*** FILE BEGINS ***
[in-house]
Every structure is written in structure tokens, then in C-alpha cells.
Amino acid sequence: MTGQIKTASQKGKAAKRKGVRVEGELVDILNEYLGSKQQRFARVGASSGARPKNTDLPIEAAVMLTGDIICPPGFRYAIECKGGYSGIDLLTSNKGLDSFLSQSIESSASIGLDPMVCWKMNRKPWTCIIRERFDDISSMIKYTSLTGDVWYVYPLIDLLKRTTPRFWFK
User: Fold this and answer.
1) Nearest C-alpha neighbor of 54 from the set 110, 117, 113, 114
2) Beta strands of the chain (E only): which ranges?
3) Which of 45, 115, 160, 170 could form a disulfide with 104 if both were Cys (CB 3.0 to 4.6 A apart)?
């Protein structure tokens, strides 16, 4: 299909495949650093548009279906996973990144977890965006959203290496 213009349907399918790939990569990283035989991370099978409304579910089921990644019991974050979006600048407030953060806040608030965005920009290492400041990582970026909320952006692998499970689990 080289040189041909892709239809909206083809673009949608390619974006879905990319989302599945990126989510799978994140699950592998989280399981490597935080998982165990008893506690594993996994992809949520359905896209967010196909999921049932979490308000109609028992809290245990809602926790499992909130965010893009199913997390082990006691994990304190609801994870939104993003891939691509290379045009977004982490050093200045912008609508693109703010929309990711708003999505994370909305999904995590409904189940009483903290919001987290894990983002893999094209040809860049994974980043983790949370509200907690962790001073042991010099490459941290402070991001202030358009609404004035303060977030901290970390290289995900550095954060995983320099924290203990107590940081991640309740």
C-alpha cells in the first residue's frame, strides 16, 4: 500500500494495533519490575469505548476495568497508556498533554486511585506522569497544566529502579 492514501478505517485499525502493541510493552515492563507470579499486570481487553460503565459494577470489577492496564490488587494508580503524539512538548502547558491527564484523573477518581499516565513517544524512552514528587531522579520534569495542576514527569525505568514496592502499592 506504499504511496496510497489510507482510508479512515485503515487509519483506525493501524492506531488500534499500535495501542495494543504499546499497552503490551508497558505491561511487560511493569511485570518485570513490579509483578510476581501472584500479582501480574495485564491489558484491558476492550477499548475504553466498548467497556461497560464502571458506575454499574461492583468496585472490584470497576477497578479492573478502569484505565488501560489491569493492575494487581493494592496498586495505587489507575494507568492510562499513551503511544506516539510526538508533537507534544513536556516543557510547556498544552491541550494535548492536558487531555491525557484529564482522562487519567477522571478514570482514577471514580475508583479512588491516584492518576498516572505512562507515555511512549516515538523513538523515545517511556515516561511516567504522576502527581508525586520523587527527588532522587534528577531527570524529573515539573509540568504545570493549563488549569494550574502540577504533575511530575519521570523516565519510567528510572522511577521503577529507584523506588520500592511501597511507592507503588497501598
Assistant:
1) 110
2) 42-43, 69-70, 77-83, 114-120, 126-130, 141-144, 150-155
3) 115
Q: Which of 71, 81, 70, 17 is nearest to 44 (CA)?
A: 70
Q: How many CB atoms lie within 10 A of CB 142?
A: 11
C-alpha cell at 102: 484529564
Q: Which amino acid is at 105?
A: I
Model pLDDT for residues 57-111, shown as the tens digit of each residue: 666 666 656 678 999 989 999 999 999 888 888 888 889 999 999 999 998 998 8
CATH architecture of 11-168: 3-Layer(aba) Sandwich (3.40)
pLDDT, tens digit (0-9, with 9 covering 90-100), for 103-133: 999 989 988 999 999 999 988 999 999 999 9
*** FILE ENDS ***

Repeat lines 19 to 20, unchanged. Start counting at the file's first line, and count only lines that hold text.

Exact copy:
Q: Which amino acid is at 105?
A: I